Institutional Affiliation: Statistics Norway & BI Norwegian Business School
|Saving Behavior Across the Wealth Distribution: The Importance of Capital Gains|
with , , : w26588
Do wealthier households save a larger share of their incomes than poorer ones? We use Norwegian administrative panel data on income and wealth to answer this empirical question. The relation between saving rates and wealth crucially depends on whether saving includes capital gains. Saving rates net of capital gains ("net saving rates") are approximately constant across the wealth distribution. However, saving rates including capital gains ("gross saving rates") increase markedly with wealth. The proximate explanation is that wealthier households own assets that experience persistent capital gains which they hold onto instead of selling them off to consume ("saving by holding"). These joint patterns for net and gross saving rates challenge canonical models of household wealth accumulation. ...
|Firm-Related Risk and Precautionary Saving Response|
with , : w23182
We propose a new approach to identify the strength of the precautionary motive and the extent of self-insurance in response to earnings risk based on Euler equation estimates. To address endogeneity problems, we use Norwegian administrative data and instrument consumption and earnings volatility with the variance of firm-specific shocks. The instrument is valid because firms pass some of their productivity shocks onto wages; moreover, for most workers firm shocks are hard to avoid. Our estimates suggest a coefficient of relative prudence of 2, in a very plausible range.
Published: Andreas Fagereng & Luigi Guiso & Luigi Pistaferri, 2017. "Firm-Related Risk and Precautionary Saving Response," American Economic Review, American Economic Association, vol. 107(5), pages 393-397, May.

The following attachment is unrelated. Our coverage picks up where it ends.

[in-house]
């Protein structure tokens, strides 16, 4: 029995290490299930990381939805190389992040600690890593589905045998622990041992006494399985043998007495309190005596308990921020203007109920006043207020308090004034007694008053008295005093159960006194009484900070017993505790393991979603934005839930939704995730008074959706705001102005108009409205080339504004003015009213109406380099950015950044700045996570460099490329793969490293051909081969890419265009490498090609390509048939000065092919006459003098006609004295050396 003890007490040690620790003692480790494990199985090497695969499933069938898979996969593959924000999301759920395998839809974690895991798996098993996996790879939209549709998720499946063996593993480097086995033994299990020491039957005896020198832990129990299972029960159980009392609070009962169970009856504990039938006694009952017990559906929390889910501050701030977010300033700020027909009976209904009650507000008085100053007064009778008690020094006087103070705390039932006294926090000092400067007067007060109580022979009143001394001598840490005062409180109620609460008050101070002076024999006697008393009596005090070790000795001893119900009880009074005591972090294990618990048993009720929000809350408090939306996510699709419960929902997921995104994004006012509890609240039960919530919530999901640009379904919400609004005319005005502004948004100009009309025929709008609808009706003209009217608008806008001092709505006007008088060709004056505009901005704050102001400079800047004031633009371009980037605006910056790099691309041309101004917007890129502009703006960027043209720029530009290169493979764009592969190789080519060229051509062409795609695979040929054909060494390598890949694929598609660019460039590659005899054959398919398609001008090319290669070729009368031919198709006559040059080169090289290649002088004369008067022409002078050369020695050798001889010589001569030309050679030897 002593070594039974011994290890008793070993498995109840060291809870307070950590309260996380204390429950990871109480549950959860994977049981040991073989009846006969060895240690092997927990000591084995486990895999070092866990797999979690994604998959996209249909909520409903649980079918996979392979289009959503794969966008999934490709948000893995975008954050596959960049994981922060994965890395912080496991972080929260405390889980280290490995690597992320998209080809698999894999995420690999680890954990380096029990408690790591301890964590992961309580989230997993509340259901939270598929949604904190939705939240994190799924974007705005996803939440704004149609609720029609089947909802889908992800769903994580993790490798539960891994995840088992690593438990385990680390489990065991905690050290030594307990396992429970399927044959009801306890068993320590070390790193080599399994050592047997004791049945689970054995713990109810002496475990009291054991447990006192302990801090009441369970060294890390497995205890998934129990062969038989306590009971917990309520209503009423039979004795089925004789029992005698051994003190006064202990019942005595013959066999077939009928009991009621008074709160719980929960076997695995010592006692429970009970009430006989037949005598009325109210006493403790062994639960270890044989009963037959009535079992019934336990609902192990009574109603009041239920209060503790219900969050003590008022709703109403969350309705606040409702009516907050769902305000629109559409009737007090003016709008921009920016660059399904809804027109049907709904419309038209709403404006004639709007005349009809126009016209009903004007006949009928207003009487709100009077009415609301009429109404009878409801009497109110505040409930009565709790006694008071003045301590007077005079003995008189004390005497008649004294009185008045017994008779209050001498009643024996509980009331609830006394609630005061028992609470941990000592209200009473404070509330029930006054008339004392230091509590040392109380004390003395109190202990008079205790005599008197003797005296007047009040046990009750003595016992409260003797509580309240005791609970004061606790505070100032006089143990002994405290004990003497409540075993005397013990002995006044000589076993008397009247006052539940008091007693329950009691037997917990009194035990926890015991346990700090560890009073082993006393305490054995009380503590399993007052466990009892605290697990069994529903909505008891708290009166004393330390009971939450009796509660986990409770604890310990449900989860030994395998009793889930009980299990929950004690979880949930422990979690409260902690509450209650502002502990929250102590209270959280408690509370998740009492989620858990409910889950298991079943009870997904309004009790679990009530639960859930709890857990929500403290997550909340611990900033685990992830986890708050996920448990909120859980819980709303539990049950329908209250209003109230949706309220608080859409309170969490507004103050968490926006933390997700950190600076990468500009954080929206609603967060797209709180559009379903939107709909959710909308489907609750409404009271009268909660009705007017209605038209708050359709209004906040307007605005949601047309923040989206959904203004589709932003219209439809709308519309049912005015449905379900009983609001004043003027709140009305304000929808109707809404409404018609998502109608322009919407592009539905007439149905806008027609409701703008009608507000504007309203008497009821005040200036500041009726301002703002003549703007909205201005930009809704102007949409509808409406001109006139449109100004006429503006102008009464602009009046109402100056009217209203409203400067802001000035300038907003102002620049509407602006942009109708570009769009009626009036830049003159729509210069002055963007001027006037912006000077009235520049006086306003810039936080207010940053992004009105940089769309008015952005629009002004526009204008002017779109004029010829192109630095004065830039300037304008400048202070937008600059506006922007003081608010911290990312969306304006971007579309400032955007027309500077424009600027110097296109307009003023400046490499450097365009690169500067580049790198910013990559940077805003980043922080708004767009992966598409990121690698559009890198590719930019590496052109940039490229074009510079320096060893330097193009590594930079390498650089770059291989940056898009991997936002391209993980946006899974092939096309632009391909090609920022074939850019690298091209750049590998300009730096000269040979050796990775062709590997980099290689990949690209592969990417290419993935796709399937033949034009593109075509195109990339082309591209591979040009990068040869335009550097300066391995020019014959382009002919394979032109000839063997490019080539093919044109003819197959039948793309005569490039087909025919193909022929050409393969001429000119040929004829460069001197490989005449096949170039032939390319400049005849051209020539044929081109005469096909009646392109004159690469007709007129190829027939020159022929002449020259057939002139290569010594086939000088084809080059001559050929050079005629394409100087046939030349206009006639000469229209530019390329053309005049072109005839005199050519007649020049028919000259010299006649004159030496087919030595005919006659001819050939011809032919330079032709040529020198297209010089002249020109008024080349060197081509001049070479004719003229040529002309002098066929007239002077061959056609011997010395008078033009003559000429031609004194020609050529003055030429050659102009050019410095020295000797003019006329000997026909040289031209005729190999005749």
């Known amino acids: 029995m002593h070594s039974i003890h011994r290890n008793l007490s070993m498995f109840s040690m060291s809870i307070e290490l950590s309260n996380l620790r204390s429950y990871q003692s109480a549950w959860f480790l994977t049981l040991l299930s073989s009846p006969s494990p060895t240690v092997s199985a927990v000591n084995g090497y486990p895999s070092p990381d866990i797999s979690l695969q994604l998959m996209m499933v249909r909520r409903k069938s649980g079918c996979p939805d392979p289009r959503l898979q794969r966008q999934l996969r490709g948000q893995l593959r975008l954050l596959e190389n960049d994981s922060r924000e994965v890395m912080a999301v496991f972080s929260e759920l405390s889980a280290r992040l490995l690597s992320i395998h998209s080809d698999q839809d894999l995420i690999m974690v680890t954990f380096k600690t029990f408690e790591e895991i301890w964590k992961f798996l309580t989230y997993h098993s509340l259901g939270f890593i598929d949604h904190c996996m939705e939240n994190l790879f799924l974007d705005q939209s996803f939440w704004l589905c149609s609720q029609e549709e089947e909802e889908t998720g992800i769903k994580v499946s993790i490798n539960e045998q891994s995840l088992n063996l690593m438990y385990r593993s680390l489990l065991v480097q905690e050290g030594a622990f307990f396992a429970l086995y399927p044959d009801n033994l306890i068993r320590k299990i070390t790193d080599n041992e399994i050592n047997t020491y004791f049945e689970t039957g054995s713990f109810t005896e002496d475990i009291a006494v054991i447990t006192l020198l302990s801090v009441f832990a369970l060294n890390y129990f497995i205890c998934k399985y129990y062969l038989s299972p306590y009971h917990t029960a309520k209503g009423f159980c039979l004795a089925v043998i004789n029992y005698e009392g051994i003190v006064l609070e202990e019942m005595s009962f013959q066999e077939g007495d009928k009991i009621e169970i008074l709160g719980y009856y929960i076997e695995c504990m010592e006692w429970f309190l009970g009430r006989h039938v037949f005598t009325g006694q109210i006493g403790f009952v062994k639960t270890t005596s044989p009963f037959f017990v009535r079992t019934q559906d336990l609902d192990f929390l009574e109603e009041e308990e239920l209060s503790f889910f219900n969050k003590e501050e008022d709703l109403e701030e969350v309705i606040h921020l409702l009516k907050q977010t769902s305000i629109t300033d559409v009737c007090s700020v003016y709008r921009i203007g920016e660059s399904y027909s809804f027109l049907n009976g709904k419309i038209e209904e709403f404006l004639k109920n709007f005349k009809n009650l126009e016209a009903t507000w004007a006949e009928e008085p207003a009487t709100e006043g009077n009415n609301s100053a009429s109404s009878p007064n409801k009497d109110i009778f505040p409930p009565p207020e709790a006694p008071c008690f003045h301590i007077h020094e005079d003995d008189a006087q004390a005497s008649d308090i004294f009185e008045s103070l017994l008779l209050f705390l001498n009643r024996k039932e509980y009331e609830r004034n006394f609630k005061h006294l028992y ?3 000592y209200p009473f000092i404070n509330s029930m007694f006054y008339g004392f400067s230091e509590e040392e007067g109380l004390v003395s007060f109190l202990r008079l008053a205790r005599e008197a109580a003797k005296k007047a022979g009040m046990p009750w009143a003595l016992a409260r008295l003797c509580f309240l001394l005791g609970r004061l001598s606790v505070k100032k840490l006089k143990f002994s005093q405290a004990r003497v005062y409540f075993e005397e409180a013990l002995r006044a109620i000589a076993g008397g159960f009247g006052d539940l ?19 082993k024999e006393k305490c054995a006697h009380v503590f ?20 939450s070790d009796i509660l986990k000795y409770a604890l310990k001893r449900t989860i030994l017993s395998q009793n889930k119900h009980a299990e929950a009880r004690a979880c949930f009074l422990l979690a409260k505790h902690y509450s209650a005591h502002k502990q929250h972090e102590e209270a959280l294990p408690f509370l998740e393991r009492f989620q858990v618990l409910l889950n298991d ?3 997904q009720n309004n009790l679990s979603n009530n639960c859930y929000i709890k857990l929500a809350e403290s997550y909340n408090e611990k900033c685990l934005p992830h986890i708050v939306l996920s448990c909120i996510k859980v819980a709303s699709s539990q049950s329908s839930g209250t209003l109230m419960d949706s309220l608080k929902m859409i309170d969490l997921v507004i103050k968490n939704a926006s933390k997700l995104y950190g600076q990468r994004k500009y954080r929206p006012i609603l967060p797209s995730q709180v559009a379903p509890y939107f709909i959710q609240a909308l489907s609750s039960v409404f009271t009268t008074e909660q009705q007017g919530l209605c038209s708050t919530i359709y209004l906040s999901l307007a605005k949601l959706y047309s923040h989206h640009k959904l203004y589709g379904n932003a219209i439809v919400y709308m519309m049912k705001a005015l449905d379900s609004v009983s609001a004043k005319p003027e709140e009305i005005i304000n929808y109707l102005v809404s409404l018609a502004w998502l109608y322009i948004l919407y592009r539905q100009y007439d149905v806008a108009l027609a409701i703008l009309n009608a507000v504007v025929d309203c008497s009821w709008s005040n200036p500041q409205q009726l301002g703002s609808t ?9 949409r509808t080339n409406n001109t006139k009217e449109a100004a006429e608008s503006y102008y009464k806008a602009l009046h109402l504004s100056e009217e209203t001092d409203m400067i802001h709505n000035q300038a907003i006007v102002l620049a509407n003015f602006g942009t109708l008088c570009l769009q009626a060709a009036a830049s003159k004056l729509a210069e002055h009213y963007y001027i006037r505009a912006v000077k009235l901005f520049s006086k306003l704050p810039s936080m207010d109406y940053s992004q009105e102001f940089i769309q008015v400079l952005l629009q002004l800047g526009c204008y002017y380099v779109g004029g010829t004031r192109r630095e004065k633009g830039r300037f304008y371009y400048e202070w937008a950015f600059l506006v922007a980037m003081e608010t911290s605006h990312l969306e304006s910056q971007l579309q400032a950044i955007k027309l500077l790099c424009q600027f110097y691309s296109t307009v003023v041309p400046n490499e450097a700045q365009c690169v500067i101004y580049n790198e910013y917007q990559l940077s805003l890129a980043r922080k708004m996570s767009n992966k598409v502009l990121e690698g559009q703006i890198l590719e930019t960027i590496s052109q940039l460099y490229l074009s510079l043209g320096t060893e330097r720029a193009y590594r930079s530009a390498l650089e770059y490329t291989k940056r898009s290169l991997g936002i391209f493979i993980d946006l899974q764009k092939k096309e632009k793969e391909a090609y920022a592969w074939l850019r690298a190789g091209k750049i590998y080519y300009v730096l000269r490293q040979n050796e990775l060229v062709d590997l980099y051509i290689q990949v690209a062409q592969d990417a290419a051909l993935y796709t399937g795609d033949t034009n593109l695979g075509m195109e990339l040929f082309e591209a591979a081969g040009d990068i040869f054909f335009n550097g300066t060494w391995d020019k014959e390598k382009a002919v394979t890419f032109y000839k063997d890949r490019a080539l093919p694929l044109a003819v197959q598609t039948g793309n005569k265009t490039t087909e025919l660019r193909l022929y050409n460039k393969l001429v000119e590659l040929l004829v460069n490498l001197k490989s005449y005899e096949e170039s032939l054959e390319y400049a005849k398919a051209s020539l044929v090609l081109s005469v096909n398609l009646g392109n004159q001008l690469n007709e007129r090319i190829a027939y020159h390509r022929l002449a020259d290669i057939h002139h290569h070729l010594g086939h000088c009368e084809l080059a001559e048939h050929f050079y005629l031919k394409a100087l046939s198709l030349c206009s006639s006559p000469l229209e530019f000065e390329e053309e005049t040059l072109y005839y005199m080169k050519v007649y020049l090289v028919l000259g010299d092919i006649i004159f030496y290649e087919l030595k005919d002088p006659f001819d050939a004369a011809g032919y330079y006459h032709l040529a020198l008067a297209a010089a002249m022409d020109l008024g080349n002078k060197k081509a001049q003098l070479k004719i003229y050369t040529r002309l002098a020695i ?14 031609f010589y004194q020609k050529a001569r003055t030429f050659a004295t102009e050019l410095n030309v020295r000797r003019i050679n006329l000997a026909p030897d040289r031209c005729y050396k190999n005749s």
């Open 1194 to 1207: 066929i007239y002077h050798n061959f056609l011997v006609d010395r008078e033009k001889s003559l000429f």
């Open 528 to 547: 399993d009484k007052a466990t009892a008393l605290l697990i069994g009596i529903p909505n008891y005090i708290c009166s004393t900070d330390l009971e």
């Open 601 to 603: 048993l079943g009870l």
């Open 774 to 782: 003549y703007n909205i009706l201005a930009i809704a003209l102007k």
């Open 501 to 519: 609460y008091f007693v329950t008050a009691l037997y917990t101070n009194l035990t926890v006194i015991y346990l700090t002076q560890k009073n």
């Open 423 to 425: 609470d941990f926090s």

|Portfolio Choices, Firm Shocks and Uninsurable Wage Risk|
with , : w22883
Assessing the importance of uninsurable wage risk for individual financial choices faces two challenges. First, the identification of the marginal effect requires a measure of at least one component of risk that cannot be diversified or avoided. Moreover, measures of uninsurable wage risk must vary over time to eliminate unobserved heterogeneity. Second, evaluating the economic significance of risk requires knowledge of the size of all the wage risk actually faced. Existing estimates are problematic because measures of wage risk fail to satisfy the ”non-avoidability” requirement. This creates a downward bias which is at the root of the small estimated effect of wage risk on portfolio choices. To tackle this problem we match panel data of workers and firms and use the variability in the pro...
Published: The Review of Economic Studies, Volume 85, Issue 1, 1 January 2018, Pages 437–474 citation courtesy of
|Heterogeneity and Persistence in Returns to Wealth|
with , , : w22822
We provide a systematic analysis of the properties of individual returns to wealth using twenty years of population data from Norway’s administrative tax records. We document a number of novel results. First, in a given cross-section, individuals earn markedly different returns on their assets, with a difference of 500 basis points between the 10th and the 90th percentile. Second, heterogeneity in returns does not arise merely from differences in the allocation of wealth between safe and risky assets: returns are heterogeneous even within asset classes. Third, returns are positively correlated with wealth. Fourth, returns have an individual permanent component that accounts for 60% of the explained variation. Fifth, for wealth below the 95th percentile, the individual permanent component a...
Published: Andreas Fagereng & Luigi Guiso & Davide Malacrino & Luigi Pistaferri, 2020. "Heterogeneity and Persistence in Returns to Wealth," Econometrica, Econometric Society, vol. 88(1), pages 115-170, January.